Administrative Assistant

Administrative Assistants handle routine and advanced duties for other professionals. They organize files, create correspondence, prepare reports and documents, manage calendars to schedule appointments, sort mail, prepare invoices and offer general staff support. They may serve as an initial point of contact, answering phones and greeting visitors. They might engage in event planning and meeting setup and implementation. Very often they will make travel arrangements and generate itineraries. They have to deal with other people from a wide variety of levels, from clients to management and even corporate CEOs.


  • Answer phones and greet visitors
  • Schedule appointments and maintain calendars
  • Schedule and coordinate staff and other meetings
  • Collate and distribute mail
  • Prepare communications, such as memos, emails, invoices, reports, and other correspondence
  • Write and edit documents from letters to reports and instructional documents
  • Create and maintain filing systems, both electronic and physical
  • Manage accounts and perform bookkeeping


  • Decision-making: Administrative Assistants have to make independent decisions on a daily basis, addressing the best way to handle specific tasks.
  • Communications and Collaboration: An Administrative Assistant must collaborate with other administrators and support personnel.
  • Organizational Skills: Organization and prioritization are the core elements of the Administrative Assistant's responsibilities.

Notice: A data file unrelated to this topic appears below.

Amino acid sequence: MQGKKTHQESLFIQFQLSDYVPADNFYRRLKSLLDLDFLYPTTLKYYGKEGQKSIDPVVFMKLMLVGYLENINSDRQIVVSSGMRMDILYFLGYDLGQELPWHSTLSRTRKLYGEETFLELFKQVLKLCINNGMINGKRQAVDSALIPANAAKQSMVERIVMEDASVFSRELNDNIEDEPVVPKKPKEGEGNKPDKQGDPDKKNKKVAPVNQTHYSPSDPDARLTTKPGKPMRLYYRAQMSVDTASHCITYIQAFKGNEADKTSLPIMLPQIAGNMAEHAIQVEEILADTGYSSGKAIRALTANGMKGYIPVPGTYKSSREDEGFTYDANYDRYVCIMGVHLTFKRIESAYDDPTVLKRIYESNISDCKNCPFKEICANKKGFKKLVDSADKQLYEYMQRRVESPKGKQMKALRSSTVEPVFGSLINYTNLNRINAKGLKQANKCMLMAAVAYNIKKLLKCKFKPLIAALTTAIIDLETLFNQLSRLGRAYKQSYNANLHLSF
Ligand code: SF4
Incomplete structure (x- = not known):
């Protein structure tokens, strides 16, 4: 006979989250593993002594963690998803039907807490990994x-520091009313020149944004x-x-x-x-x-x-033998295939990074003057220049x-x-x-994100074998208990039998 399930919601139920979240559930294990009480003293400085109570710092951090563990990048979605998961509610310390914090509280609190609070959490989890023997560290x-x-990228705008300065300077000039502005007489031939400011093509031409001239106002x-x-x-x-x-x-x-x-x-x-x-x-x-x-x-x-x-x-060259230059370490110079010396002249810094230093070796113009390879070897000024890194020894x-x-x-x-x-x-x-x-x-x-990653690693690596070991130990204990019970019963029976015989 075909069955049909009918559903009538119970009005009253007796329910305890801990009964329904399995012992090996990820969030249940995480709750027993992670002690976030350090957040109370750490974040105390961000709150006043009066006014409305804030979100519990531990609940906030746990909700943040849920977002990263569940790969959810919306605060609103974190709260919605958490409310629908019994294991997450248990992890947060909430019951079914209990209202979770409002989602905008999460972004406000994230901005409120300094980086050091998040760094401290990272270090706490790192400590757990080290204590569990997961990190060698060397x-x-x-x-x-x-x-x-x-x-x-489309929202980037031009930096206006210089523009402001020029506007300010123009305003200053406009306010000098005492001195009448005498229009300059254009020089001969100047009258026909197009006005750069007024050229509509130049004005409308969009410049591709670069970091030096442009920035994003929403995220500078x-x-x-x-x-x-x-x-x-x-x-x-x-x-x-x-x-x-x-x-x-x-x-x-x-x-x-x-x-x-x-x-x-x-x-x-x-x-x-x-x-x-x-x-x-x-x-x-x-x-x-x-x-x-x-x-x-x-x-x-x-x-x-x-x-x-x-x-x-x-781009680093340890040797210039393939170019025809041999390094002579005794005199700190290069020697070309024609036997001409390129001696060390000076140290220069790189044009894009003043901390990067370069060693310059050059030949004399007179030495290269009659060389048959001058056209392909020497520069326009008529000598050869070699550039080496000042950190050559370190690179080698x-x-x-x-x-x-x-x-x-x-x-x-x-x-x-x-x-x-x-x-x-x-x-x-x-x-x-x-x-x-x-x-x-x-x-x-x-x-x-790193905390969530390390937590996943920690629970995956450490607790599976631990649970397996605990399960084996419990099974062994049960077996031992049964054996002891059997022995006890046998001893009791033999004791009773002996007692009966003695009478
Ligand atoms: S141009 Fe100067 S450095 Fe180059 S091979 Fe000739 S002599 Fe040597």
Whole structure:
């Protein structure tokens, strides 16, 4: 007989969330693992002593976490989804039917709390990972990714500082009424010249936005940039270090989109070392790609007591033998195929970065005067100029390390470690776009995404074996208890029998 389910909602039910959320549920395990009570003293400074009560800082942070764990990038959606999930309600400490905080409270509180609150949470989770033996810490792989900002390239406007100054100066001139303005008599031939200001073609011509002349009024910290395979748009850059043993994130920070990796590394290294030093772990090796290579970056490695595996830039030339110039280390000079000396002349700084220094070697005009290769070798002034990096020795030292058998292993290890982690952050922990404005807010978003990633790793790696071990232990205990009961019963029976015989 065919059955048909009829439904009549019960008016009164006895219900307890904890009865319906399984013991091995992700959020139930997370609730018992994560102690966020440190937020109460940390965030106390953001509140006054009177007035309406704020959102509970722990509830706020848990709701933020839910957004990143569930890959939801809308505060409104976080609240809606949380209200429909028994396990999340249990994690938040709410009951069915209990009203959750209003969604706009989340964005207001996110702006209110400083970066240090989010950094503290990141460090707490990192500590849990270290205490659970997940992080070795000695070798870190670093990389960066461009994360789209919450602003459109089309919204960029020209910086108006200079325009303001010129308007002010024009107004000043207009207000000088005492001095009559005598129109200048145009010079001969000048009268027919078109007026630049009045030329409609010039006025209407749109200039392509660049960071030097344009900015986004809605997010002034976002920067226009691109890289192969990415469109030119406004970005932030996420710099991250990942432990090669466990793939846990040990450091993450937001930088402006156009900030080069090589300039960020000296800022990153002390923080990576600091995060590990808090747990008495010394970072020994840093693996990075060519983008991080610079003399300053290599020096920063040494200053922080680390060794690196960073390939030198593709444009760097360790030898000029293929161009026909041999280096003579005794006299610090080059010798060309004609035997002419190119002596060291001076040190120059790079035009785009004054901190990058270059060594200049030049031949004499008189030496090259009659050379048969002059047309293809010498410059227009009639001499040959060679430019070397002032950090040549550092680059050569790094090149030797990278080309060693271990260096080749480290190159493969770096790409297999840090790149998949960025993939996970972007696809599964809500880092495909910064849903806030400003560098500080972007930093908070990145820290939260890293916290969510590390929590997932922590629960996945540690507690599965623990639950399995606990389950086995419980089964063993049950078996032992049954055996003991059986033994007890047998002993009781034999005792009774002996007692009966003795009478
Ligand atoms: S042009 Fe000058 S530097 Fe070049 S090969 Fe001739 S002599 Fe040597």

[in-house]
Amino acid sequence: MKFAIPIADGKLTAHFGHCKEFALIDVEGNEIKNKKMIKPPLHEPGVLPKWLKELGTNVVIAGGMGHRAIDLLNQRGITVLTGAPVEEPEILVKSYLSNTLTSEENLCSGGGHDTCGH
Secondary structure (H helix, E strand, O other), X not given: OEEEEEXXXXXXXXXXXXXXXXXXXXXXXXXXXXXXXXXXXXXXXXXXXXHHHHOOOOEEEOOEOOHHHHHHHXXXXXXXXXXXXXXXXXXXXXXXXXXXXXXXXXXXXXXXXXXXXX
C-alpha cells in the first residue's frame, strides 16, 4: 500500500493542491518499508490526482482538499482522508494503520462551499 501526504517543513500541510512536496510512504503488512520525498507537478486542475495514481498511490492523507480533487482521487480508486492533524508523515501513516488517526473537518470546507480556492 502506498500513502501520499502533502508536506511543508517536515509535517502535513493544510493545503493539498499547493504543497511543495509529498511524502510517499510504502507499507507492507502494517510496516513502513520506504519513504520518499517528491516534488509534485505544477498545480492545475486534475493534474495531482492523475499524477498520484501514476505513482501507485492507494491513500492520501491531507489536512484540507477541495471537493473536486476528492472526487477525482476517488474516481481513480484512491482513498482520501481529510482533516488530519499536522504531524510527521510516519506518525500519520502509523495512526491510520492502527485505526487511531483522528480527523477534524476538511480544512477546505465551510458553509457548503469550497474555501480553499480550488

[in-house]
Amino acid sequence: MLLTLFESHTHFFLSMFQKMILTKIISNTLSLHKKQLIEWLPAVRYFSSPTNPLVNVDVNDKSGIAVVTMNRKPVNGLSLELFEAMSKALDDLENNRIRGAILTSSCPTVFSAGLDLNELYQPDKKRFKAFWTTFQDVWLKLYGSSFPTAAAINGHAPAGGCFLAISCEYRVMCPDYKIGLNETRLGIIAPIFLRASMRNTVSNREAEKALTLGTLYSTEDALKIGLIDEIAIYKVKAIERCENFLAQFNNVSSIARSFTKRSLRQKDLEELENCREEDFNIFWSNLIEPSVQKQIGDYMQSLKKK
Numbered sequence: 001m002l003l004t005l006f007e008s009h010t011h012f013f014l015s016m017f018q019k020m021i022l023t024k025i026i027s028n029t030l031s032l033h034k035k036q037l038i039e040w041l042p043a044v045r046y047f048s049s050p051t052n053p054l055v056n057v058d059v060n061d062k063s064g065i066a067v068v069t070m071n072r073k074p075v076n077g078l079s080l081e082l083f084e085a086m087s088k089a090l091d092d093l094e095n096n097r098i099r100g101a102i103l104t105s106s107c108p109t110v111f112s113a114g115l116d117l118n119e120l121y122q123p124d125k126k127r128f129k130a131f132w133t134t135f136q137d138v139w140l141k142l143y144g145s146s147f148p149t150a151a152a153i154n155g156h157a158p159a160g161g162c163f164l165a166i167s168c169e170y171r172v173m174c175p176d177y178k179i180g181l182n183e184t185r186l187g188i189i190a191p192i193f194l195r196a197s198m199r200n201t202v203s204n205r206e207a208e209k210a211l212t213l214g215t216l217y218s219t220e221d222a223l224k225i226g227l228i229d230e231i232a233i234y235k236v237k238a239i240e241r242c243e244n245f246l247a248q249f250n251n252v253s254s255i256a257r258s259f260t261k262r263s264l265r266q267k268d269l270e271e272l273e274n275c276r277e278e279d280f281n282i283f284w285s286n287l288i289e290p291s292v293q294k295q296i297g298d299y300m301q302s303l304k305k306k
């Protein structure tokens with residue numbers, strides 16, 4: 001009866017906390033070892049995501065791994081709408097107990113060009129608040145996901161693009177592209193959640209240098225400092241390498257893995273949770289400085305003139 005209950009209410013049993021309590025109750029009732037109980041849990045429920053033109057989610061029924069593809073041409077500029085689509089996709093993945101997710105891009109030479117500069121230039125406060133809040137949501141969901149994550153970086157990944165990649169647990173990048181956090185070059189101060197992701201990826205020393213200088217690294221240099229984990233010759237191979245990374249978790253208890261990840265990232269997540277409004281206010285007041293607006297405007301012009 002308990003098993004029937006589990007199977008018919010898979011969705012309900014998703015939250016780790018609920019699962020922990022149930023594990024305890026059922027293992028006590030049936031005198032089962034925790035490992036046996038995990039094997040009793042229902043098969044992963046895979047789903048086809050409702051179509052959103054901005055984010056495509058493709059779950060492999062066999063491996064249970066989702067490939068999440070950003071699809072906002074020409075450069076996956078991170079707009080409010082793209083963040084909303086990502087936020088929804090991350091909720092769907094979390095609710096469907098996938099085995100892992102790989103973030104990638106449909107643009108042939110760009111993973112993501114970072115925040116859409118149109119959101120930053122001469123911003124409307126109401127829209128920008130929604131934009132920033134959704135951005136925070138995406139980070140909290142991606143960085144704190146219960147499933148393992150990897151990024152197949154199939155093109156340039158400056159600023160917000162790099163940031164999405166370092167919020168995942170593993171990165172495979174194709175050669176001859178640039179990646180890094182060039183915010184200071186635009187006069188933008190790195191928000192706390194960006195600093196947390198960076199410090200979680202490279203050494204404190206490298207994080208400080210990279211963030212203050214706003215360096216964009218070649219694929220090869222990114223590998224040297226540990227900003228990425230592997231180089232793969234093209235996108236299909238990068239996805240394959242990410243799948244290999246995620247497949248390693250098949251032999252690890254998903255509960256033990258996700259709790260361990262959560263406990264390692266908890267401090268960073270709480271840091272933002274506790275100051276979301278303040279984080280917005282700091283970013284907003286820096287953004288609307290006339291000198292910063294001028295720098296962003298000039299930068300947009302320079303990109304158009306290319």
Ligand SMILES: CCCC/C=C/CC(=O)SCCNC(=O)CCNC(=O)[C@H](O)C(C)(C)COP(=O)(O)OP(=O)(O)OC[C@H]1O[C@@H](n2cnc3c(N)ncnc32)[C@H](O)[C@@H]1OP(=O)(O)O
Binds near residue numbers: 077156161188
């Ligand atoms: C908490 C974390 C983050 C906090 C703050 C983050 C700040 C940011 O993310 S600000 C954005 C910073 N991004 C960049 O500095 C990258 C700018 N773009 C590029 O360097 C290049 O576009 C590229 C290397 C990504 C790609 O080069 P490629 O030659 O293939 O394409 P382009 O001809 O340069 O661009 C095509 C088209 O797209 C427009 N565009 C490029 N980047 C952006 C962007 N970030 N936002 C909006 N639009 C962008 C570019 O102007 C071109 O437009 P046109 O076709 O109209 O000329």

• Writing: Spelling, punctuation, sentence structure and writing are essential to an Administrative Assistant.


The minimum level of education for an Administrative Assistant is a high school diploma or GED. Temporary agencies may also provide training in these areas. For those straight out of high school, courses in word processing and general office procedures are offered at vocational schools and community colleges and can be very helpful. Administrative Assistants with a bachelor’s degree are more marketable, as they are seen to have a more well-rounded education that includes writing and mathematics, which can be useful to the job.


While prior experience is not strictly required for work as an Administrative Assistant, many employers value prior work in the field. This is because many office professionals learn their major skills through on-the-job training, and a strong history of long-term work with other organizations can show reliability, responsibility and that you possess the skills you need. Starting as a secretary and working up through the ranks also shows increasing skill development and dedication.

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